Whitesides describes the carefully crafted experience from approach to arrival to entry. “The rammed earth runs east-west, and the Corten steel runs north-south, so it has a very strong linear quality with the rammed earth being these long planes that are punctured by window and door openings. You see the house on the approach, on a hillside in the vineyard. You park to the north of the house, and then there’s a landscape of decomposed granite with plates of Corten set in the ground as landscape boundaries. Everything is very symmetrical. The intent was to present you with rammed earth in the form of a house. Then, once the door opens, it reveals the view toward San Francisco through a 40-foot-wide opening in the living room.”
Woodwork is elevated to an artistic level inside the home, where ceilings are made from 80-year-old black walnut. Cabinetry, open shelving, interior doors, and built-ins — such as the 900-bottle wine room and the bedroom’s headboard wall and bed — are all exquisitely crafted. The floors are concrete, while accents of fire-resistant shou sugi ban further the Asian aesthetic. Commanding pride of place is the dining room table made of koa wood, an homage to Evonne’s home of Hawaii.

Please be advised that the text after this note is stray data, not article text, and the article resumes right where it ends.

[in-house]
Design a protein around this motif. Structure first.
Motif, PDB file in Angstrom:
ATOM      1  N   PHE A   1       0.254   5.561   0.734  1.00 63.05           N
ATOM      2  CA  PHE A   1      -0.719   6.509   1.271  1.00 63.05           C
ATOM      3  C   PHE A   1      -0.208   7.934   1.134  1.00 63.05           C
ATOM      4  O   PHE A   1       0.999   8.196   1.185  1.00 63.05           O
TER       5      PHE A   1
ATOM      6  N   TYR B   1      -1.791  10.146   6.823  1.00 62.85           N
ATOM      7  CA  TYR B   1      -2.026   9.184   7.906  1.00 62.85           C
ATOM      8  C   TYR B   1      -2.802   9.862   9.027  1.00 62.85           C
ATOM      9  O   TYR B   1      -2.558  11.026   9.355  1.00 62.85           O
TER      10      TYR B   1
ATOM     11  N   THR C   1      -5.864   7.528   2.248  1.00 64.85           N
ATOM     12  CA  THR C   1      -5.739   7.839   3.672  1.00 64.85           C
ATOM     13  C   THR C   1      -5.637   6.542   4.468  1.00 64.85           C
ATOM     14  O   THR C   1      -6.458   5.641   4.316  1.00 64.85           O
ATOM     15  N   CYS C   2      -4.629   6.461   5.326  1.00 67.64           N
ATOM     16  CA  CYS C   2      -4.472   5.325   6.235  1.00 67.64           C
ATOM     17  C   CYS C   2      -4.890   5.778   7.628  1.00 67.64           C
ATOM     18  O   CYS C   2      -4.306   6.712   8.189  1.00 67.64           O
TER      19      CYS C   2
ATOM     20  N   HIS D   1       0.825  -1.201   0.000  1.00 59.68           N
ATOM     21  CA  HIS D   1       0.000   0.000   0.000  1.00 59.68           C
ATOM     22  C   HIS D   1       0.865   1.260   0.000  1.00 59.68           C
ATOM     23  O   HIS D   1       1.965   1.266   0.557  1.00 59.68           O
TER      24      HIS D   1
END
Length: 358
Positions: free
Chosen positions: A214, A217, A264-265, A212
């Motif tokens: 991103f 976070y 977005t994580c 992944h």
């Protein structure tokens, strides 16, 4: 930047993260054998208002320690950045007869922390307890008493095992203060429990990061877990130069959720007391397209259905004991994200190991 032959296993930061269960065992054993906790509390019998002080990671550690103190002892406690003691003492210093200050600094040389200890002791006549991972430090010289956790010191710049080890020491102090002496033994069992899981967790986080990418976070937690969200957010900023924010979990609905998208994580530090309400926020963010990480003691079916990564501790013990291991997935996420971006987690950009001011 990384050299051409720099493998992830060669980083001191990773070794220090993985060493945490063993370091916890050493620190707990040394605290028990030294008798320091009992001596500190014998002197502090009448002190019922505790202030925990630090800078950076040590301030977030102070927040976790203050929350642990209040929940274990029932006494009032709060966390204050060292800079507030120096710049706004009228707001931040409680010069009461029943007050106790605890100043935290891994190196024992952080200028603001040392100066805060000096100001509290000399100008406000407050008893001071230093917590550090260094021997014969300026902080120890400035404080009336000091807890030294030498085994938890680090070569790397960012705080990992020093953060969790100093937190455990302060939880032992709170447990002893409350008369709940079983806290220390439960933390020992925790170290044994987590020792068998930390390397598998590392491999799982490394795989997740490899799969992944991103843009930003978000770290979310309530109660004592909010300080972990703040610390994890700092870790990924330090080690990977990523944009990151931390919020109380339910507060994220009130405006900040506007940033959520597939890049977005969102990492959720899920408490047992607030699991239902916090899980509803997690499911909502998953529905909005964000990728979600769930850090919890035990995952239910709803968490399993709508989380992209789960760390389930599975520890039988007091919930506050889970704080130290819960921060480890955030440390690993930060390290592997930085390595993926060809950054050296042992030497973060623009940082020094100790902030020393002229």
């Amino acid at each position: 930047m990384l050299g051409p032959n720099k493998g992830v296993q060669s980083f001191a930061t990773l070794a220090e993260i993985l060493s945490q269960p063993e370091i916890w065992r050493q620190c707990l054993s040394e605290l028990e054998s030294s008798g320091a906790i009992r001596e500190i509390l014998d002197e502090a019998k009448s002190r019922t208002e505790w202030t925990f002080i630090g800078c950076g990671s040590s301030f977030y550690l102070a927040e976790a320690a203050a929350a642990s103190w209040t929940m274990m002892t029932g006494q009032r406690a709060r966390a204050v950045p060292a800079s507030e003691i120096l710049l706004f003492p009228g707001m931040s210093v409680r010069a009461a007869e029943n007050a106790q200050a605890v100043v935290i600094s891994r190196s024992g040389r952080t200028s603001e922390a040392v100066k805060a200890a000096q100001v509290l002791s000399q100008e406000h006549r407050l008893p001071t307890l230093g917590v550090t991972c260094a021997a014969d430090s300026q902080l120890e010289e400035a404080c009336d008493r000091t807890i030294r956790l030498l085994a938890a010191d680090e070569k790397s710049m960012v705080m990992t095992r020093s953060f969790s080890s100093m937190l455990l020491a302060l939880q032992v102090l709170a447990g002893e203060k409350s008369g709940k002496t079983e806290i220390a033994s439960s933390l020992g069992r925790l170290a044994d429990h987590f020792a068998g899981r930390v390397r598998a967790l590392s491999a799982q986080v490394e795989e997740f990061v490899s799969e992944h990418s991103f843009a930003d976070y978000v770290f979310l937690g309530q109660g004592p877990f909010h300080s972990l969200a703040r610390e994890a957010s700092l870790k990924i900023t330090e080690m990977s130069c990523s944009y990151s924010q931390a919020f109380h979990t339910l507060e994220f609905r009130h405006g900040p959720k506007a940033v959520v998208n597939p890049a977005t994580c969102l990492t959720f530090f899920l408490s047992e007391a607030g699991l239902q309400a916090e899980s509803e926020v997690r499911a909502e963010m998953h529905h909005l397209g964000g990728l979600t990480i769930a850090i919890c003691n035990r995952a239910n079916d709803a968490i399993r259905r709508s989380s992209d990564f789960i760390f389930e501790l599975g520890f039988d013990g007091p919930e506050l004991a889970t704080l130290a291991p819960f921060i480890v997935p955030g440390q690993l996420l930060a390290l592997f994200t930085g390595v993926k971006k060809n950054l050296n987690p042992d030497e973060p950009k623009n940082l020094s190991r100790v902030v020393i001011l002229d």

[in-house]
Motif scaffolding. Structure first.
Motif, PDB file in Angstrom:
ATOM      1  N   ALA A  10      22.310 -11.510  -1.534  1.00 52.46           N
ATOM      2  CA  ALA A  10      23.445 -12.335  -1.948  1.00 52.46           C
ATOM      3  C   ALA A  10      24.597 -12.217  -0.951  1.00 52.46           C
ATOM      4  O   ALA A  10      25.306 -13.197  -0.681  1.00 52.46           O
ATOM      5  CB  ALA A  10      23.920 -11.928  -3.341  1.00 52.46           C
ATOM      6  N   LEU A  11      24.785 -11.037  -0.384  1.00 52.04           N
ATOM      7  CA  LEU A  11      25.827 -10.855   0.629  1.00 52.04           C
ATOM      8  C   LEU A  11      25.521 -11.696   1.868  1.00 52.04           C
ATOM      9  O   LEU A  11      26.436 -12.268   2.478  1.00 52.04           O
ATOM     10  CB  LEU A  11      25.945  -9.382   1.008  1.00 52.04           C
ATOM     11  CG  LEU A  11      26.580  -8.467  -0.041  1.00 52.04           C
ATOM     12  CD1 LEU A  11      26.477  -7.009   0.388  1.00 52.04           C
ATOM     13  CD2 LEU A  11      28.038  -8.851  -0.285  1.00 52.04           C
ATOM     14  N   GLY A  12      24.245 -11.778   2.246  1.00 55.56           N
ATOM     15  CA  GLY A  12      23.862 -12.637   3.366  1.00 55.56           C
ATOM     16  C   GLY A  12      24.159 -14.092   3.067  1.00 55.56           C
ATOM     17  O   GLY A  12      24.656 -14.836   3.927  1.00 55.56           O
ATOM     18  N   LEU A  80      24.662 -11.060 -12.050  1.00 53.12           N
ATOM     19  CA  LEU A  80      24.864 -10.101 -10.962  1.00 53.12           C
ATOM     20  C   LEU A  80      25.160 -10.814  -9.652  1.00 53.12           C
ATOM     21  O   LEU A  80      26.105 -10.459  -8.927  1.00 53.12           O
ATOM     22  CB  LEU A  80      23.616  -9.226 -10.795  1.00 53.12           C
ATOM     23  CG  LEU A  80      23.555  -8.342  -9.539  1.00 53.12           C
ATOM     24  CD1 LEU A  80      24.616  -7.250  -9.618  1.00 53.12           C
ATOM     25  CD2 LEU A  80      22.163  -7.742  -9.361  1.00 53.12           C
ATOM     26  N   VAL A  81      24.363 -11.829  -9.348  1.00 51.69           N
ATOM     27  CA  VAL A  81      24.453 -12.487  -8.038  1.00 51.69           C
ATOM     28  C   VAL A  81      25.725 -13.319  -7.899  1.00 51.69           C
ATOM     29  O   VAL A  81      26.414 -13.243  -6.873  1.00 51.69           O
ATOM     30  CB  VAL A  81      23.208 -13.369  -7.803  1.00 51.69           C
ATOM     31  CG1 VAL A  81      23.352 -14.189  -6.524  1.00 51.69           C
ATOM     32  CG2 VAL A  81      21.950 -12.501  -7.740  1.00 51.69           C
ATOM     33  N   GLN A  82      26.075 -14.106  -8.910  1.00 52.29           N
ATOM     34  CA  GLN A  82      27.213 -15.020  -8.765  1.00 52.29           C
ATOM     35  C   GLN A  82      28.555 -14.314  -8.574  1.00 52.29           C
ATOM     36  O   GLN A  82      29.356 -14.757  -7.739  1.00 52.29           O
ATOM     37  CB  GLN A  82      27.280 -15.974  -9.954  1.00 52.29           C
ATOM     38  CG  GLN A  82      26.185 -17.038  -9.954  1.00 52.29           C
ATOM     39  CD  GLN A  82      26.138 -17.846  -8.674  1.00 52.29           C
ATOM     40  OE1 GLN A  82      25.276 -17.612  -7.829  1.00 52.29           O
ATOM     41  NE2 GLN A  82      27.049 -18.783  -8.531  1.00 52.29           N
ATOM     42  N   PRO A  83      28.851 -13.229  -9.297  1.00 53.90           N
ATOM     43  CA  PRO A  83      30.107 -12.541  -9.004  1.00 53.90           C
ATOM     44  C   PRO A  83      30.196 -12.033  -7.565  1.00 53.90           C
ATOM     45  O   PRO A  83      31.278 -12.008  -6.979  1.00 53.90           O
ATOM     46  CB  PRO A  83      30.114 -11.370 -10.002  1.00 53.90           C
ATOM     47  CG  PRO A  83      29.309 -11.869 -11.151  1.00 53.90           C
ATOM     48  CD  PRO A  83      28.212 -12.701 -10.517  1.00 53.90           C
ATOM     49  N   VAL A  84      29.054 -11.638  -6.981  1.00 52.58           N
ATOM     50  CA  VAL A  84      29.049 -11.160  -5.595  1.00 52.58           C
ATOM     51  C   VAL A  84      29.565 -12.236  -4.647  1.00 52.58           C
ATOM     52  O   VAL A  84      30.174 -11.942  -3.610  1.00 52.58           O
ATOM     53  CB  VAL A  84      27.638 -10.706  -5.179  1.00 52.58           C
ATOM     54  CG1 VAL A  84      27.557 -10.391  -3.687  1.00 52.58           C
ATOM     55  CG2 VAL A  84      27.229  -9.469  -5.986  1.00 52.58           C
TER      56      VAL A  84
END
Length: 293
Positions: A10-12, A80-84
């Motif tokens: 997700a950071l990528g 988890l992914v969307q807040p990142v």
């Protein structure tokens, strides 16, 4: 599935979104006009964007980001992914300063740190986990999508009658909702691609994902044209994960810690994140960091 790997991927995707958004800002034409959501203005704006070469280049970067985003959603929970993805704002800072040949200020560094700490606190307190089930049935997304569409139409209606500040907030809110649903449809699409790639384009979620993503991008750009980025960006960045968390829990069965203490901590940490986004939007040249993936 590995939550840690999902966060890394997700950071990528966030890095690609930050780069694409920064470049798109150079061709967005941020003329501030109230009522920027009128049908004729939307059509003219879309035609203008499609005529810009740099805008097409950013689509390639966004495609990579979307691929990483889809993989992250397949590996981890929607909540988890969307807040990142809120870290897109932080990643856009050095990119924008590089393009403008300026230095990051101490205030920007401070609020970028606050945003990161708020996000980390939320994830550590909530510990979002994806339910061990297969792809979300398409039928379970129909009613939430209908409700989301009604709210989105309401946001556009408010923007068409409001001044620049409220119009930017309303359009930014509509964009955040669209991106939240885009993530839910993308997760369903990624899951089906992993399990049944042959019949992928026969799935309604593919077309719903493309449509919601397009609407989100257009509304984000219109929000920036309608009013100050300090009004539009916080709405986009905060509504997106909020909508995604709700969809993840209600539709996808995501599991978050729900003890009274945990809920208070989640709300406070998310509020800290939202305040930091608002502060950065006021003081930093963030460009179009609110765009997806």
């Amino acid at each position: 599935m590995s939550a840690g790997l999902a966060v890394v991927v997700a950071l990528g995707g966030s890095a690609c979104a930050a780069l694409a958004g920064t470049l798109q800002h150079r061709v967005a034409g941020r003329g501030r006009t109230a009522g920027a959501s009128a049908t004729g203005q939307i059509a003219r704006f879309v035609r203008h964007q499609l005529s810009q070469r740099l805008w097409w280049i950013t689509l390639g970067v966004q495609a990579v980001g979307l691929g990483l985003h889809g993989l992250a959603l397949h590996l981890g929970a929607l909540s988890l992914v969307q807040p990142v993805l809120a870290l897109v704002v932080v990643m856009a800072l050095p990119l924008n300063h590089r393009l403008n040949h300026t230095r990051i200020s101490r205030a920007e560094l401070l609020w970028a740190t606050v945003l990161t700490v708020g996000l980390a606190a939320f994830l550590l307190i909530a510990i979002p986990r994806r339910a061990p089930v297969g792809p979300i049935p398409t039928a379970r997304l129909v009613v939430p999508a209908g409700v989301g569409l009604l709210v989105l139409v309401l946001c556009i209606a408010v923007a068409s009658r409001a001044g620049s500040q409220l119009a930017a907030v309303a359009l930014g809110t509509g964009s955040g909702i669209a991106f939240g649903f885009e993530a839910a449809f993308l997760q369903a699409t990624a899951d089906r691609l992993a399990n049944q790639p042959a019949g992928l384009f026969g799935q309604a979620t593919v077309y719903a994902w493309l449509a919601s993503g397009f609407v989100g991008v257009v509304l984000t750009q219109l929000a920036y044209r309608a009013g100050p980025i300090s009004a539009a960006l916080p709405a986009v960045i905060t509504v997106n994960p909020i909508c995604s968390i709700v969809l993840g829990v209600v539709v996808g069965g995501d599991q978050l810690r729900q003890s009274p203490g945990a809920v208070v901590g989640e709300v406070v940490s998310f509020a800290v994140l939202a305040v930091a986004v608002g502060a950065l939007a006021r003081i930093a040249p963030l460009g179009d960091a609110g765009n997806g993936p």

The interior palette is neutral, enlivened by splashes of color, mainly appearing in the artwork collected over the years and the blue subway tile in the bathroom that speaks to the site’s endless sky and Bay views.
Many factors made this project special for the architect, from the site to the rammed-earth construction. In fact, this was the last house worked on by rammed-earth consultant David Easton of Rammed Earth Works, considered the godfather of modern rammed-earth construction. But one of the most fulfilling aspects, says Whitesides, turned out to be Kamen himself. “He is amazing, and because he’s in the arts and entertainment industry, he understands that this process is art. He naturally understood how organic the process can be, and that things can shift as you’re putting things together. It ended up being a love fest between everyone.”
At the end of the day, the Kamens got what they envisioned. “We wanted a big open space with a lot of architectural elements and a bedroom for us,” says Kamen. “And I got an office, and Evonne got a laundry room. We love where we live.”